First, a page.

Money Talks, So Should You

Q&A: How do I create an estate plan?

Beth Anderson Nedelisky
by Beth Anderson Nedelisky, NAPFA (@MarottaOnMoney)

You may be wondering what an estate plan actually is and why you need one.  An estate plan is a set of legal documents through which you leave your final legacy and instructions about 1) who gets what, and 2) who does what. Without an estate plan, a judge and the laws of your state will determine who inherits your stuff. The court will also make important decisions about who takes care of your children if they are minors.  

At the heart of any estate plan is your last will and testament. However, depending on your goals, an attorney may also recommend setting up a trust to help you with the transfer of your assets. A trust is a unique estate-planning tool because it is a separate legal entity which will not die when you do. Among other things, a trust can provide additional privacy for your estate, help to lower tax liability, and provide a useful tool for caring for loved ones after your death.

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A good estate plan will also include documents which you may need during your lifetime, not just at your death. Typically, these include your advance medical directives and a durable general power of attorney. Your advance medical directives contain your wishes about the use of extraordinary medical interventions at the end of your life and who may make medical decisions on your behalf. A durable power of attorney is similar in that it is useful only during your lifetime. In it, you name someone who you trust to take care of everyday business for you. This document can be especially valuable if you become disabled or incapacitated.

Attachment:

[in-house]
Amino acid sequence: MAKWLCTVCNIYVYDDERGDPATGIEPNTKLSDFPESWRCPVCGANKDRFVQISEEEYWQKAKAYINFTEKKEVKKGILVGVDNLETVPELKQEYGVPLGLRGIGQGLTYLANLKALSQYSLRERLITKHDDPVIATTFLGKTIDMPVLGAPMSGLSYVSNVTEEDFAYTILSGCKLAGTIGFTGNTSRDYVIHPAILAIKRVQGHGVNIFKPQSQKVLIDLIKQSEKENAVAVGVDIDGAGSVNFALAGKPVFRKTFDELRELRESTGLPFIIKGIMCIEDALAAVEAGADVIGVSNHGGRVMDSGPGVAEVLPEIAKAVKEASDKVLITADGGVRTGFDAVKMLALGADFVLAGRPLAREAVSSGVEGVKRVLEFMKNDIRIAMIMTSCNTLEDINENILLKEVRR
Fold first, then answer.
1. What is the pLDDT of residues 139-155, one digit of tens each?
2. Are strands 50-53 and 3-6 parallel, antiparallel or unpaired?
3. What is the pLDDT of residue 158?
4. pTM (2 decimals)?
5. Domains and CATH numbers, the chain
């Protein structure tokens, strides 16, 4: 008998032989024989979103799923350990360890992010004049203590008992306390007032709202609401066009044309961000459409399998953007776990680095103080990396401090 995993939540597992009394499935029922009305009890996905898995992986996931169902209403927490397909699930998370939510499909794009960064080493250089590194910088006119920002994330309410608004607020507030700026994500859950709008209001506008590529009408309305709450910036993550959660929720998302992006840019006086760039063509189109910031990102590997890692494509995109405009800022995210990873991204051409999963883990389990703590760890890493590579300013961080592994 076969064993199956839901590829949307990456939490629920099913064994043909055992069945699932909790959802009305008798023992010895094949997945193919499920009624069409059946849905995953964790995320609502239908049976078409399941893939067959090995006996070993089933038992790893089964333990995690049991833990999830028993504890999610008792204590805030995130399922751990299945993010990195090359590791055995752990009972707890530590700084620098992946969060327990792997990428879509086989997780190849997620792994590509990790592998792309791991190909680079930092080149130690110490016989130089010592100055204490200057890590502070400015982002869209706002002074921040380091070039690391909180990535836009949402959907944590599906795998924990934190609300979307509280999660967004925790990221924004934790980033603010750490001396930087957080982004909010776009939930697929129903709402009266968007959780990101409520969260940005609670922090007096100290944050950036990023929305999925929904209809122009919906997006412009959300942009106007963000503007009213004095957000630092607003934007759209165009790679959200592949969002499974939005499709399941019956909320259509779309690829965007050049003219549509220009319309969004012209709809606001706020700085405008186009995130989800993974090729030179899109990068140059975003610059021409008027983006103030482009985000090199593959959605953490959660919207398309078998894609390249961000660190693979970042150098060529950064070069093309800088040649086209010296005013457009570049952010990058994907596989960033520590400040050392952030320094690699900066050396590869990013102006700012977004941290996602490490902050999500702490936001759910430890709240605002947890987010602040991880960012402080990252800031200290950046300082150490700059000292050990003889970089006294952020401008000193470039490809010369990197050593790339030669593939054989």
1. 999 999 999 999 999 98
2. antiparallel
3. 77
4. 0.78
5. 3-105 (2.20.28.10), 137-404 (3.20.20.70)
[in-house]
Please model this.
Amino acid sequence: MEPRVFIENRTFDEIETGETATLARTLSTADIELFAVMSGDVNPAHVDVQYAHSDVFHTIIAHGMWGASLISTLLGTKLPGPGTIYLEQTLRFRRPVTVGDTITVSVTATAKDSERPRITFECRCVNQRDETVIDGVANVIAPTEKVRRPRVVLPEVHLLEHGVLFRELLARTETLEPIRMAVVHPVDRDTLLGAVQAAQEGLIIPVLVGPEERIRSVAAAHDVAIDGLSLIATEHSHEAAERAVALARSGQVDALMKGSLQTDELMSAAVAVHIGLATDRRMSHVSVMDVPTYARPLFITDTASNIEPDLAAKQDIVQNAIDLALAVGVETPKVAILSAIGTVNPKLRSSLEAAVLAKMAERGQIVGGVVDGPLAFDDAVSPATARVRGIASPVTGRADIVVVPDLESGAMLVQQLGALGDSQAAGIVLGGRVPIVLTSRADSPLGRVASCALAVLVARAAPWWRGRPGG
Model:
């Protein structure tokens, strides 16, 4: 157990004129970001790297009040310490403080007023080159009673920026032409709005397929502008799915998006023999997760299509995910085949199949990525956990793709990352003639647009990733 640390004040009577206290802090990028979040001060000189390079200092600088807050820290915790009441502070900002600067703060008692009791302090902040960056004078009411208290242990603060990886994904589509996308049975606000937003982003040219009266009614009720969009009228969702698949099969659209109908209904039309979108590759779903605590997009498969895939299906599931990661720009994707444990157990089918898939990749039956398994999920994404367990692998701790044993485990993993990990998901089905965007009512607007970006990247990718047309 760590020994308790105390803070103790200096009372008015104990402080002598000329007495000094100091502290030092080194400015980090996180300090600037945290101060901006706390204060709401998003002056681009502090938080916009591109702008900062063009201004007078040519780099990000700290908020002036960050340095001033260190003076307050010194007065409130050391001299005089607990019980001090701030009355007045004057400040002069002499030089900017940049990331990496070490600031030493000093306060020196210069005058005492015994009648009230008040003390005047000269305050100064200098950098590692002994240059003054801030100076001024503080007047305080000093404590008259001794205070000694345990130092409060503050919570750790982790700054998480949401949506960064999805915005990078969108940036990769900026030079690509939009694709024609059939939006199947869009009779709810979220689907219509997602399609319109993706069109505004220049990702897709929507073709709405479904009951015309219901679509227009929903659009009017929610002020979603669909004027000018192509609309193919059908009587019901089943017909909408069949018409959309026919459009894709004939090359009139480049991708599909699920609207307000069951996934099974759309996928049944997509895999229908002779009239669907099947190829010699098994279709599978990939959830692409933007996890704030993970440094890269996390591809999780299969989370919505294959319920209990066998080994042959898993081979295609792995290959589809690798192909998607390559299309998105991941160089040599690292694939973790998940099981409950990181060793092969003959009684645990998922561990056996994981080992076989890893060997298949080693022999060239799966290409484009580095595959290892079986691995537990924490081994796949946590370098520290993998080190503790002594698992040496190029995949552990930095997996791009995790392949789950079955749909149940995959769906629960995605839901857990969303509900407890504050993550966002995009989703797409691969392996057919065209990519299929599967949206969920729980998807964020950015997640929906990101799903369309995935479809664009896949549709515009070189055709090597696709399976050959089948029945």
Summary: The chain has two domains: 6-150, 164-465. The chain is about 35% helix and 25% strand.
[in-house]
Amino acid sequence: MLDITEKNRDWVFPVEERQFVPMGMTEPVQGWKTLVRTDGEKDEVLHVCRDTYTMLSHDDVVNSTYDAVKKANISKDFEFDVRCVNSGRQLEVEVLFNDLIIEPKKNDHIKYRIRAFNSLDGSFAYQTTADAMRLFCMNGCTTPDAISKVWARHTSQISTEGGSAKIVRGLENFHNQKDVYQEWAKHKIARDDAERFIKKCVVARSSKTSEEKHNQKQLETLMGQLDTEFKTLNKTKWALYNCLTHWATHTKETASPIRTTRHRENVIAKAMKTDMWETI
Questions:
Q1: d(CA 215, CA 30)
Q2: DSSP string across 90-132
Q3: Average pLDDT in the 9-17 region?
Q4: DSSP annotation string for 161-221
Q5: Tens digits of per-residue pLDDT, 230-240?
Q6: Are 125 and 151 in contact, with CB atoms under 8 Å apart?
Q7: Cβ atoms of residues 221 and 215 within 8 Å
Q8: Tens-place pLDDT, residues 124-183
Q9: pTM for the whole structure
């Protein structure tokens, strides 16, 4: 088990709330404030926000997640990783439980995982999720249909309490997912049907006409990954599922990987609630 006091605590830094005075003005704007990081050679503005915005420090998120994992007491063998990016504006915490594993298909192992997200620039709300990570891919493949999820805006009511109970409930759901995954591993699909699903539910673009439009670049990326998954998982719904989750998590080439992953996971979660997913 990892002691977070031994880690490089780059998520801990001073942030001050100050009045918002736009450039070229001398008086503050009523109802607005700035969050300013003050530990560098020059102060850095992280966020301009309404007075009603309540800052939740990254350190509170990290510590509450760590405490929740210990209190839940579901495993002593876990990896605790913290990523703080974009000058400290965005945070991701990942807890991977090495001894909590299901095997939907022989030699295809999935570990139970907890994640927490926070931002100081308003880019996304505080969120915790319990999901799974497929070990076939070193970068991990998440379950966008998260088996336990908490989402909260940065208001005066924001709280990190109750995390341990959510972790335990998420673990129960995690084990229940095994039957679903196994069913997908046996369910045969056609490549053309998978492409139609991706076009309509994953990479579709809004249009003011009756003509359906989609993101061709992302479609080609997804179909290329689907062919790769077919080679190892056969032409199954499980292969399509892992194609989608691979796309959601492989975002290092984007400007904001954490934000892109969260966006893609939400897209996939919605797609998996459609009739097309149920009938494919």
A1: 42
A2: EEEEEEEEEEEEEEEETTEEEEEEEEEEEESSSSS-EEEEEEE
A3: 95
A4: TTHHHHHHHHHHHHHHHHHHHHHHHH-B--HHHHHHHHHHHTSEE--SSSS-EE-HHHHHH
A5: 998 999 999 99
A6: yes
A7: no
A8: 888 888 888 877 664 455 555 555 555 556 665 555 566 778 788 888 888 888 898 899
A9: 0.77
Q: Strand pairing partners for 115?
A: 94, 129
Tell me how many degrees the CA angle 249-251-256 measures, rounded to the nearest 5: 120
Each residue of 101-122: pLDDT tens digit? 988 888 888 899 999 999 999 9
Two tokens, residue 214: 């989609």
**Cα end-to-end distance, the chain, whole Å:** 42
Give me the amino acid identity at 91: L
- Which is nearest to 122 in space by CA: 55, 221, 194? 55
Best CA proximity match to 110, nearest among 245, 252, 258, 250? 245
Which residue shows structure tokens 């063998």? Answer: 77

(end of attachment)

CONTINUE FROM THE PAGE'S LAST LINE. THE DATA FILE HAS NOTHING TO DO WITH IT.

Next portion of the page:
To get started with your plan, contact an estate-planning attorney who is knowledgeable about your state’s laws. You may want to ask for a complimentary first meeting to see which attorney may be a good fit for you. Be sure to ask about the attorney’s fees for drafting a typical estate plan.

You can reduce the cost of creating your estate plan by doing some important homework beforehand. The first step is to start thinking about who gets what. Before your meeting, begin by making a list of all of your major assets and which individuals or charitable institutions you would like to inherit your assets.  

READ: What happens to my bank loans in the event of a death?

The next step is to start thinking about who does what. In other words, who are the people you would like to serve in the important legal roles. If you have young children, start thinking about who you would trust to take care of them and the money left for them. Who would you trust to make medical decisions for you and who would you trust to take care of your personal finances if you were incapacitated? And finally, who would you like to oversee the transfer of your assets when you die?  

Spending the time and money to create your estate plan is one of the best gifts you can give to yourself and your heirs: peace of mind.

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Beth A. Nedelisky, CFP, is a wealth manager at Marotta Wealth Management. Nedelisky is a member of the National Association of Personal Finance Advisors (NAPFA), a fee-only professional association and a Dimespring knowledge partner.